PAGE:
In the landmark Case UsedSoft v Oracle, on 3 July 2012, the European Court of Justice held that the author of digitally-sold software cannot oppose the resale of ‘used’ licences by other companies. This much-anticipated ruling could have wide repercussions on the emerging market for used software, which generates no revenue for software developers.
The dispute at issue in the main proceedings arose from the acquisition and resale, by UsedSoft, of user licences for Oracle computer programs. Oracle brought proceedings before a German court, seeking an order that UsedSoft cease these practices. It claimed that the right to use its programs is ‘non-transferable’, and that such practices infringe its exclusive right of reproduction of its software under Article 4(1)(a) of Directive 2009/24. Under Article 4(2) of that directive, the first sale of a copy of a program with the rightholder’s consent exhausts its distribution right within the European Union.
The Bundesgerichtshof referred two questions to the Court of Justice: is the right to distribute a copy of a computer program exhausted, in accordance with Article 4(2) of the directive, when the acquirer has made the copy with the rightholder’s consent by downloading the program from the internet onto a data carrier; and whether, and under what conditions, an acquirer of used licences may, as a result of such an exhaustion, be regarded as a ‘lawful acquirer’ within the meaning of Article 5(1) of the directive, who enjoys the right of reproduction of the program in order to use it in accordance with its intended purpose.
Regarding the first question, Oracle claimed that the principle of exhaustion did not apply to user licences downloaded from the internet, which did not involve a transfer of the right of ownership of a copy of the program, but simply allowed the customer to download a copy made available, free of charge, on its website. The Court of Justice rejected this distinction between the sale of software and of user licences: it held that the downloading of a copy of a computer program, and the conclusion of a user license agreement for that copy, form an indivisible whole, since one is pointless without the other, and should be understood as a sale under the provisions of Directive 2009/24 (§40-44). The principle of exhaustion should therefore apply, not only to the sale of copies of programs on a material medium (CD-ROM or DVD), but also to their distribution by means of downloads from the rightholder’s website, which are intended to make the copy usable by the customer, permanently, in return for payment of a fee designed to enable the copyright holder to obtain a remuneration corresponding to the economic value of the copy (§45-48).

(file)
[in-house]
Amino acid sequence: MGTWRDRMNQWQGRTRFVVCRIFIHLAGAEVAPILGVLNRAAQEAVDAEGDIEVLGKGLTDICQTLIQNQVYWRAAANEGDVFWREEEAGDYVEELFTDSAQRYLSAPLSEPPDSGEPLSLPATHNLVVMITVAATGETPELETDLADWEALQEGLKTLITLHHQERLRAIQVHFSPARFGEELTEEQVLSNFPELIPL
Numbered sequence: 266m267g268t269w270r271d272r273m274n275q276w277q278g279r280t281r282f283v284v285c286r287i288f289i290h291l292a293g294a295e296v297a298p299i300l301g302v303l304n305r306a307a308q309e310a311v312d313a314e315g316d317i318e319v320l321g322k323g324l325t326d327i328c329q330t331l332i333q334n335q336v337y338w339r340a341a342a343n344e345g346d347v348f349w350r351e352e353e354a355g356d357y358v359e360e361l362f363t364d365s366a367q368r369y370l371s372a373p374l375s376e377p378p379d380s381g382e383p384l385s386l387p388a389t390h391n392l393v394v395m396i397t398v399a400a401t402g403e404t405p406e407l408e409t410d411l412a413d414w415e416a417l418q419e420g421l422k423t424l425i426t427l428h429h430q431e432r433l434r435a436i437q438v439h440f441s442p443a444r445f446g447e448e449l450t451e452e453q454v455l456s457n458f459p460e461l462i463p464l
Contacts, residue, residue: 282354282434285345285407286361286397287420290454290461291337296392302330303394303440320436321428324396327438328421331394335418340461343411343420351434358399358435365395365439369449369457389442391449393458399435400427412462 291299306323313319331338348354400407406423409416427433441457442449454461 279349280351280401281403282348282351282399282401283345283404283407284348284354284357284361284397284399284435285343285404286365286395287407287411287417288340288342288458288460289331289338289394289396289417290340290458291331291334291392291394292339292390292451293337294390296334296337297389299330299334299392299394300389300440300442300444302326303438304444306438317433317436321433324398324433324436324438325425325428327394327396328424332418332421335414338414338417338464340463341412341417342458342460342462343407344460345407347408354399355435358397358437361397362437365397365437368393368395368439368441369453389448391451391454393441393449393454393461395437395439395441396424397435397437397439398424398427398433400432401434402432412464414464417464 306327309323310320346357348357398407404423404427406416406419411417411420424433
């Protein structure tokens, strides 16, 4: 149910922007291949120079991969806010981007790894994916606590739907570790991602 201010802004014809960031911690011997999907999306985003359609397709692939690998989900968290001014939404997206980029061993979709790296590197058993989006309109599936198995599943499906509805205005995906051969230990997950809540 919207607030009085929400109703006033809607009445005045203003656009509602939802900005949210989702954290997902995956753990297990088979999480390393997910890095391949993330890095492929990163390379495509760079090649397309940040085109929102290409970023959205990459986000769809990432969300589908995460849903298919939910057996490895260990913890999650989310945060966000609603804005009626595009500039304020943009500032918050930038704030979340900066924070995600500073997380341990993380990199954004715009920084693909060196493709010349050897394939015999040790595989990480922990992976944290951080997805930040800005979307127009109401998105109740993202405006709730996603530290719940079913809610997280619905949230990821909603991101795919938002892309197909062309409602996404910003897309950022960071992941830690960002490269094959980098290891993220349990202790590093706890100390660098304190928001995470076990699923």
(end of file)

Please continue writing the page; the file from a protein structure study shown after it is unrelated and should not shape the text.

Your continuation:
The Court followed the Advocate General in stating that a more restrictive interpretation of the term ‘sale’ would allow suppliers to circumvent the principle of exhaustion by calling the contract a ‘licence’ (§49). According to the Court, and contrary to the Commission’s arguments, the assimilation of tangible and intangible copies of computer programs is justified by the fact that their sales are similar from an economic point of view, and by the aim of the principle of exhaustion, which is precisely to limit restrictions of the distribution of such works, and would not be met if copyright holders were able to demand further remuneration on the occasion of each new sale (§58-63). The exhaustion of the distribution right extends to the corrections and updates provided by the copyright holder. However, an acquirer having bought a licence relating to several users is not permitted to divide the licence, and must always make his own copy unusable at the time of its resale (§67-70).
On the second question, the Court held that the new acquirer of a copy for which the rightholder’s distribution right is exhausted is a lawful acquirer within the meaning of Article 5(1) of Directive 2009/24, and thus benefits from the right of reproduction necessary to use the program in accordance with its intended purpose (§80). The acquirers of used licences will therefore be able to download copies sold to them by previous acquirers, from the copyright holders’ websites (§84-85).
This Grand Chamber ruling is a very interesting development in EU intellectual property law. It could have major implications for lucrative sectors such as that of video games, in which copyright holders and download platforms have relied on non-transferrable user licences to prevent customers from reselling copies of computer software or media. Future rulings will be necessary in order to determine the scope of this judgment.
Reproduction autorisée avec l’indication: Turmo Araceli, "The ECJ Upholds the Right to Sell Used Software Licences", www.ceje.ch, actualité du 4 juillet 2012.